Pete McDonald Appointed President of Georgia Northwestern Technical College

Pete McDonald Appointed President of Georgia Northwestern Technical College The state board that oversees the Technical College System of Georgia has unanimously approved Commissioner Ron Jackson’s recommendation of Pete McDonald to be the next president of Georgia Northwestern Technical College (GNTC).

The board endorsed the selection of McDonald as the next GNTC president during their monthly meeting in Atlanta on September 5.

McDonald has been serving as the acting president of GNTC since last April, following the retirement of Dr. Craig McDaniel.

“I know that Pete McDonald is one of the very best economic development professionals in the state,” said Jackson. “He’s also a top-notch administrator who has made many valuable contributions to Georgia Northwestern Technical College and the people of the region it serves. He unders Read more…

Ohio’s college remediation rate crisis—and what can be done

Ohio’s bright-eyed freshmen aren’t ready for college coursework. That’s the story from the Ohio Board of Regents, which reports that 40 percent of Ohio’s college freshman take remedial (high-school level) coursework in either math or English. Moreover, 14 percent of incoming freshman are required by their college to take a remedial math English class.

These are staggering numbers, with massive implications for students and taxpayers. For students who take a remedial course, Complete College America found that only 35 percent graduate in six years. This compares to 56 percent of all students. Similarly, the Ohio State University found that students who took remedial coursework graduated at a rate 30 points lower than their non-remedial peers. With these dismal results in mind, remedial coursework largely wastes the $130 million per year Ohio spends to support remedial education.

  • As expected, higher-performing schools tend to have lower remediation rates;
  • A small portion of Ohio high schools have remarkably high remediation rates—above 70 and 80 percent—and four schools break the 90 percent mark;
  • A modest-sized section of high-performing high schools also have high remediation rates. This is une

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When a child leaves for college: Parents must learn to let go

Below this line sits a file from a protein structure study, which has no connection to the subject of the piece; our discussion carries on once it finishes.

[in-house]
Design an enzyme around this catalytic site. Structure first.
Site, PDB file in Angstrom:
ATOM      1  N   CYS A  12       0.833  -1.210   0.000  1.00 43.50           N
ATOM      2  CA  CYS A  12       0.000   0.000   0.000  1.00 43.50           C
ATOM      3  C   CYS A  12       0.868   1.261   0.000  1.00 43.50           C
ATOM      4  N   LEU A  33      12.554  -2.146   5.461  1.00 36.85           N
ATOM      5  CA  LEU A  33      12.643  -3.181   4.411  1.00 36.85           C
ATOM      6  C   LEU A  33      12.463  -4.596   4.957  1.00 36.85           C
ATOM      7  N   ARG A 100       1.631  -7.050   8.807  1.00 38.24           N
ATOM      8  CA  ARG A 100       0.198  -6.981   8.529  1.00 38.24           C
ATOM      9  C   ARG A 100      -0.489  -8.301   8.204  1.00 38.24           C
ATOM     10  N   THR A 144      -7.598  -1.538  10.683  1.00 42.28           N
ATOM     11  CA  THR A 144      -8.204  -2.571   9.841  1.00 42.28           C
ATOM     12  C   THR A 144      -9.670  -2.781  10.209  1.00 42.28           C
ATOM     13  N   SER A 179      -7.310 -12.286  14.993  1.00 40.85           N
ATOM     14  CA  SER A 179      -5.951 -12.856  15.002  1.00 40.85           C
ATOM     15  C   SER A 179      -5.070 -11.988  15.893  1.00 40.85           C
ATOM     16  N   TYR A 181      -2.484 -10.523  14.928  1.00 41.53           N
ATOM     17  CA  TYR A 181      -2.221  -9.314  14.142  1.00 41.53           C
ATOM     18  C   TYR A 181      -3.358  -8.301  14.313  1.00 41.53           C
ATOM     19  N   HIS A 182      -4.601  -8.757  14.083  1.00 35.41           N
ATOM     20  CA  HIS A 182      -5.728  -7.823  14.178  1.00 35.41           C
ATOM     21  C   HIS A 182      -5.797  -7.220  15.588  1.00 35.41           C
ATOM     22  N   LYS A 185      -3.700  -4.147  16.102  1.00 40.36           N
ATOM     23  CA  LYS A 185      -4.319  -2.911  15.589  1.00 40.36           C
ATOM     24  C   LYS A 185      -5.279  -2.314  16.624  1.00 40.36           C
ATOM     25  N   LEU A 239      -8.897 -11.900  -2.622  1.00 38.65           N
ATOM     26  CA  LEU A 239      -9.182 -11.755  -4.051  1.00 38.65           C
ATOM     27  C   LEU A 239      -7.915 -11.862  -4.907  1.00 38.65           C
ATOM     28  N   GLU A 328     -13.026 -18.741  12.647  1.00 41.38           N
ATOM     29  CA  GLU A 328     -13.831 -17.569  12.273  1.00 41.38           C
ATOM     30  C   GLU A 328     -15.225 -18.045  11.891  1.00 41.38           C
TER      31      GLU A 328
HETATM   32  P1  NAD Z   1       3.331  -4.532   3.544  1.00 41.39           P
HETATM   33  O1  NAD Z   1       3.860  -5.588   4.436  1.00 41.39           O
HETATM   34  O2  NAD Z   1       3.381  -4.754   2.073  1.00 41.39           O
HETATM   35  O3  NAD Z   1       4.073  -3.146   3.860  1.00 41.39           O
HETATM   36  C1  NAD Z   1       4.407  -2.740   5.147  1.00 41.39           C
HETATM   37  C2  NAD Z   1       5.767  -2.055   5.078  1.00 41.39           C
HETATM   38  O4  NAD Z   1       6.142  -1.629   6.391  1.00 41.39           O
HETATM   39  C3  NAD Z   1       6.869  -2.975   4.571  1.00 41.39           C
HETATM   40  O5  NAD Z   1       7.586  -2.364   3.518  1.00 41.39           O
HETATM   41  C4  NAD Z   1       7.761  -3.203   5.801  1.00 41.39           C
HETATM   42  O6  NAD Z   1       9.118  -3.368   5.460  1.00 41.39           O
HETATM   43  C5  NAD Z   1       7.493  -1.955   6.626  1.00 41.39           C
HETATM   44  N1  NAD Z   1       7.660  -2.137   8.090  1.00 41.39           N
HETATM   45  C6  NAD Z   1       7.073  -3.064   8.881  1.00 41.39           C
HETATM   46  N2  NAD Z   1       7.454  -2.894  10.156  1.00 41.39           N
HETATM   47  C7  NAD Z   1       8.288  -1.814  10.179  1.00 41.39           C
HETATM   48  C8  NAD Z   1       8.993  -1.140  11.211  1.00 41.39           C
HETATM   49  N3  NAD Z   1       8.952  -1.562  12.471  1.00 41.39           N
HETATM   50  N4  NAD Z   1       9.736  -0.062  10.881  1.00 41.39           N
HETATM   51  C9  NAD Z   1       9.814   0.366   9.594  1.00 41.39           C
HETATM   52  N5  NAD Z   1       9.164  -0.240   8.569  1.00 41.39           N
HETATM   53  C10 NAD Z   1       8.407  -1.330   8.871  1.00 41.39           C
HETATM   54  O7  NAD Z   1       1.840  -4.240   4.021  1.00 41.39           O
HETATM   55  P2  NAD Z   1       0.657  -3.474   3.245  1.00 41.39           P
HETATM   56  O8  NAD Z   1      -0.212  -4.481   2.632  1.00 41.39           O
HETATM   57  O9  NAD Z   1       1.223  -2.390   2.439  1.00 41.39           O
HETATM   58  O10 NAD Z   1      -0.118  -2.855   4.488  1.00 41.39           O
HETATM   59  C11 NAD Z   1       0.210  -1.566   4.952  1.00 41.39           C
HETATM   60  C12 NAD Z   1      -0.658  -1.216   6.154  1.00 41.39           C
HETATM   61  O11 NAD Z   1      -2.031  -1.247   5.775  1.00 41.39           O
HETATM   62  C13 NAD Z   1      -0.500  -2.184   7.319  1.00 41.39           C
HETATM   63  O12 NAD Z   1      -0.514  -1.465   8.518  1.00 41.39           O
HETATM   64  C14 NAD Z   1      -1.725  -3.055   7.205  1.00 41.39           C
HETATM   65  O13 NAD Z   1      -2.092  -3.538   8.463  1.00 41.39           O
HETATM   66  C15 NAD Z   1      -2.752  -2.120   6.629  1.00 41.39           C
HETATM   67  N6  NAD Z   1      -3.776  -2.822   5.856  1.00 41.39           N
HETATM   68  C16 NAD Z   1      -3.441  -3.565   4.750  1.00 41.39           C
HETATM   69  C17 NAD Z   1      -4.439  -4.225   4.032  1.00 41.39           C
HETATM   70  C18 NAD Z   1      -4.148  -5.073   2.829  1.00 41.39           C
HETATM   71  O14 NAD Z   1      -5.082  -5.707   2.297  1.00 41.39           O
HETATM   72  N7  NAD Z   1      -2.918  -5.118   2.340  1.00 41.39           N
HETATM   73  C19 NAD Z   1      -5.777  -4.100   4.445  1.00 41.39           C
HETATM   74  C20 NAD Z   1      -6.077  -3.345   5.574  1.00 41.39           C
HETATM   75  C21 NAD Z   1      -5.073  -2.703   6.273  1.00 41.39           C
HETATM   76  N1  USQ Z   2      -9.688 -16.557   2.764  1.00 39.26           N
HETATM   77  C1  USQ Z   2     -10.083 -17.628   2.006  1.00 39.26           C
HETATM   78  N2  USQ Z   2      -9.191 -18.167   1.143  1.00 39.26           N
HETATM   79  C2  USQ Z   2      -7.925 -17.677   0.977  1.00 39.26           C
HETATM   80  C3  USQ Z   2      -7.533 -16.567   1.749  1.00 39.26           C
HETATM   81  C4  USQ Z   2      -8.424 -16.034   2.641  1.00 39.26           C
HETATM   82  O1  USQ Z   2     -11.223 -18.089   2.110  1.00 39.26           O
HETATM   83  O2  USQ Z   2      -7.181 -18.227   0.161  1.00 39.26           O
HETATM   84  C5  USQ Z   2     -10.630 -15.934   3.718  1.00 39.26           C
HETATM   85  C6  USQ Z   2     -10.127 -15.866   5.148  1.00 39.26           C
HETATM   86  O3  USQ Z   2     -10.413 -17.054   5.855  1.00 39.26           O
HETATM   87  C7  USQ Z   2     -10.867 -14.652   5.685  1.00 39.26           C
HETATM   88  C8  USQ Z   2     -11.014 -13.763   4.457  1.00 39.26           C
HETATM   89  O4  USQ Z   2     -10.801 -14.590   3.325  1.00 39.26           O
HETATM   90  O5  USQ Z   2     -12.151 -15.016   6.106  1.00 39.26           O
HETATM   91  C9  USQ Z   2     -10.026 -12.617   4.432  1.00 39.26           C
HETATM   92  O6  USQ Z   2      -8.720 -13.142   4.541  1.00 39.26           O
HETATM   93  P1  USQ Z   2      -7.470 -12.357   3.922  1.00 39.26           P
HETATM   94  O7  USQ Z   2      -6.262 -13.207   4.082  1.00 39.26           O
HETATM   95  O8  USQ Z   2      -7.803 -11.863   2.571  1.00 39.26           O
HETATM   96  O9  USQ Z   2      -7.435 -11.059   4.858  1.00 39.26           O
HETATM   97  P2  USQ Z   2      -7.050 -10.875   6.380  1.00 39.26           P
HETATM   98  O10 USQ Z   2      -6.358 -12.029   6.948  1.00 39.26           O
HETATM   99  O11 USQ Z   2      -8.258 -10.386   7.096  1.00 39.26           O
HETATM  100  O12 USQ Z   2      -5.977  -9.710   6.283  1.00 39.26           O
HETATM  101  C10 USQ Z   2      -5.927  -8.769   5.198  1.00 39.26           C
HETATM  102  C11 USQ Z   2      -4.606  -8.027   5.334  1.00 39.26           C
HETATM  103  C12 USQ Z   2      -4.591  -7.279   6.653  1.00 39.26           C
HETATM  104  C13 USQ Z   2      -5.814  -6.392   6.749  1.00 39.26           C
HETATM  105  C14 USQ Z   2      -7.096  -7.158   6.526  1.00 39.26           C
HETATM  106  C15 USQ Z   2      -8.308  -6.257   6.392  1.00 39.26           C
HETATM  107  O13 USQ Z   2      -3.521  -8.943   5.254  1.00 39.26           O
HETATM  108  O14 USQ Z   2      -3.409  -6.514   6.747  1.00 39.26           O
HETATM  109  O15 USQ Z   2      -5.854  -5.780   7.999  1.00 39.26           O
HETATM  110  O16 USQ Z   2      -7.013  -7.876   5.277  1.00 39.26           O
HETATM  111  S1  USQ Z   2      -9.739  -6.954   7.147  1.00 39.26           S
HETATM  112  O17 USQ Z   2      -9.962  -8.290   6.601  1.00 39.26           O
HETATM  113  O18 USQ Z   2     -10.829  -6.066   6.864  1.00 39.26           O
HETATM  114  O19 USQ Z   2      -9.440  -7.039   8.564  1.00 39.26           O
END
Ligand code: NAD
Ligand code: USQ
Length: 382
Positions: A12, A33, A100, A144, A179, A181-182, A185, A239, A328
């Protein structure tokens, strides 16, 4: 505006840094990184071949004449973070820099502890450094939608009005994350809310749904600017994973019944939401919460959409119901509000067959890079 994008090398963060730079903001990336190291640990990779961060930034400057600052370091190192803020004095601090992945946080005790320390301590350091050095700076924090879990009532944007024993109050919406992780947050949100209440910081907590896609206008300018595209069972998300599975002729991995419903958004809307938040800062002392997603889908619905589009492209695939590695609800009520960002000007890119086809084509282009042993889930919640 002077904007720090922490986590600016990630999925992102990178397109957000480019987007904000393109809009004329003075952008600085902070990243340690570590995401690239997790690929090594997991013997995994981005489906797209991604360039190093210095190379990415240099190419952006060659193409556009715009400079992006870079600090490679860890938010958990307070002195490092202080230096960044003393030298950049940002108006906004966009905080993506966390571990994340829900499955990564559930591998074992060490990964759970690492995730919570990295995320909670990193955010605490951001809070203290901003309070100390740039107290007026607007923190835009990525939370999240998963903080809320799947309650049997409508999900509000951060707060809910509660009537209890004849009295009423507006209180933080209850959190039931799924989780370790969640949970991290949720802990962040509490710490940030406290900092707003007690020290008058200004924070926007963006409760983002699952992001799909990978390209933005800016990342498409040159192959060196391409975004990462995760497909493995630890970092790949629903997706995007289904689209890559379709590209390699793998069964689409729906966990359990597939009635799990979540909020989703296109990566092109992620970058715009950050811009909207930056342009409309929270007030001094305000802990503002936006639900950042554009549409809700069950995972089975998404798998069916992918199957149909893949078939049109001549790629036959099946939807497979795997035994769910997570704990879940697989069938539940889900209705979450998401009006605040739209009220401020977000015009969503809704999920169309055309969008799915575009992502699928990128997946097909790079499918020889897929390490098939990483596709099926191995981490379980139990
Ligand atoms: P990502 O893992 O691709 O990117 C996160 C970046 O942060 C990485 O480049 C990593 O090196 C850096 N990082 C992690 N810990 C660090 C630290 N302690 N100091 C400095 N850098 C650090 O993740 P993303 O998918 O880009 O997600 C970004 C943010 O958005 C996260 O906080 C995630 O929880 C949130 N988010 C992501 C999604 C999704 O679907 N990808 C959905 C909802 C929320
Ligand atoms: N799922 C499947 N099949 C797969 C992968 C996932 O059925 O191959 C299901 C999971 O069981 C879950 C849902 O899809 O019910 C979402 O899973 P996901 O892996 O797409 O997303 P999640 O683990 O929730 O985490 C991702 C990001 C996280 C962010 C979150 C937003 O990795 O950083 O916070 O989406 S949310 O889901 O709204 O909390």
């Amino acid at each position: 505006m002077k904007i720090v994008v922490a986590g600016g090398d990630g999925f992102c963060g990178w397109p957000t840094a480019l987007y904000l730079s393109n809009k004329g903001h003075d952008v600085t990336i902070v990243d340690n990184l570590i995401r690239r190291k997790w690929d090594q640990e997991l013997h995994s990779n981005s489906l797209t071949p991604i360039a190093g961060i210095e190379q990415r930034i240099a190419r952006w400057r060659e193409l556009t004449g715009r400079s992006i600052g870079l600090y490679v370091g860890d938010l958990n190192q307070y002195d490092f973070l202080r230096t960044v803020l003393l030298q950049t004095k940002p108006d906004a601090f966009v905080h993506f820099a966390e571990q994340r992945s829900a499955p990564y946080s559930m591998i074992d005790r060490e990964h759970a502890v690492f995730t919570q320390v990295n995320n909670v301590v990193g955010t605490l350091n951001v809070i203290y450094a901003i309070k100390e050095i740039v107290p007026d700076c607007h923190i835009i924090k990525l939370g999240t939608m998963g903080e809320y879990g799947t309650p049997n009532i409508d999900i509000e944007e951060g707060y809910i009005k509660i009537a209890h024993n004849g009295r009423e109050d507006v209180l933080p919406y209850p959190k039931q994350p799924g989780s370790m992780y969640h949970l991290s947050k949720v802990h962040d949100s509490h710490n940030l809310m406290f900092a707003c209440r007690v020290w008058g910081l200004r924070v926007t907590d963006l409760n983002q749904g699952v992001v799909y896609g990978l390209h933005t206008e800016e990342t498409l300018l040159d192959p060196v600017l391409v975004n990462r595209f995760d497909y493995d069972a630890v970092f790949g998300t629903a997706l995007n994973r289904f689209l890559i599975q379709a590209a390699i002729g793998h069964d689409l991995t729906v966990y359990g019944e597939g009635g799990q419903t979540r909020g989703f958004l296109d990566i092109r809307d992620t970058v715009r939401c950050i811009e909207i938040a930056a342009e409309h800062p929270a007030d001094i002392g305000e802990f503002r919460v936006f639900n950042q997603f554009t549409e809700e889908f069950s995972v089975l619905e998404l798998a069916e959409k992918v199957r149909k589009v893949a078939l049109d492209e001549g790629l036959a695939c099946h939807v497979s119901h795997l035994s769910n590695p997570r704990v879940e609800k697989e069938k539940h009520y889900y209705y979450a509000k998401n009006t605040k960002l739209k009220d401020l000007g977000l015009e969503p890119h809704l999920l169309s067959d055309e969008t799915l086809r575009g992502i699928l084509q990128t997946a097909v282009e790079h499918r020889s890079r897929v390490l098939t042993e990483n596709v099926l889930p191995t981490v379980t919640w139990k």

Jaelyn Dean and her 18-year-old college freshman, Holly, have escaped the sweltering August heat of Logan, Utah, to an auditorium for freshman orientation at Utah State University. Holly mimicked a reserved smile as she and her mother parted ways into separate sections for parents and students.

Though she knows it will be best, Dean is finding it difficult to allow Holly to be on her own.

This month, parents across the country are saying goodbye as they drop their children off at a college campus for the first time. More than 90 percent of colleges in the U.S. are implementing or expanding orientation programs not for incoming freshmen, but for their parents, according to the National Orientation Directors Association in 2011. As parents are maintaining constant contact with their children while away, colleges are stepping in with an important message to parents.

Let go.

“At first I was shocked when they asked the parents to stay all day in this orientation,” Dean said.

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Seeing the world as a college freshman

Mention Amazon to the incoming class of college freshmen and they are more likely to think of shopping than the South American river. PC doesn’t stand for political correctness and breaking up is a lot easier thanks to Facebook and text messaging.

These are among the 75 references on this year’s Beloit College Mindset List, a compilation intended to remind teachers that college freshmen born mostly in 1993 see the world in a much different way: They fancied pogs and Tickle Me Elmo toys as children, watched televisions that never had dials and their lives have always been like a box of chocolates.

Once upon a time, relatives of the current generation swore never to trust anyone over the age of 30. This group could argue: Never trust anyone older than the Net.

The college’s compilation, released Tuesday, is assembled each year by two officials at the private school in southeastern Wisconsin. It also has evolved into a national phenomenon, a cultural touchstone that entertains even as it makes people wonder where the years have gone.

Remember when the initials LBJ referred to President Lyndon B. Johnson?

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Out-of-state university recruiters give Colorado students the old college try

State colleges and universities across the United States are increasingly discovering that big brains are no defense against real-world realities like sagging budgets seeping into the classroom.

That has led to an upturn in approaches to student recruitment that are far more Madison Avenue than Ivy League.

The University of Alabama recently advertised for a full-time recruiter to work in Denver, more than 1,000 miles from its main campus in Tuscaloosa.

The University of Texas has opened a network of regional offices in 10 locations to help high school students in far-flung parts of the state, including El Paso and Laredo, become more familiar with the campus in Austin.

“It’s an interesting business we’re in these days,” said Augustine Garza, deputy director of admissions for the University of Texas. “Admissions have gotten sophisticated about marketing analysis. They know where we should be — our markets didn’t just happen, we knew we needed help in those areas so we placed people there. Alabama is probably doing the same thing.”

Alabama has had a full-time recruiter in Denver for two years, since one of its top admissions recruiters moved here with her husband. A

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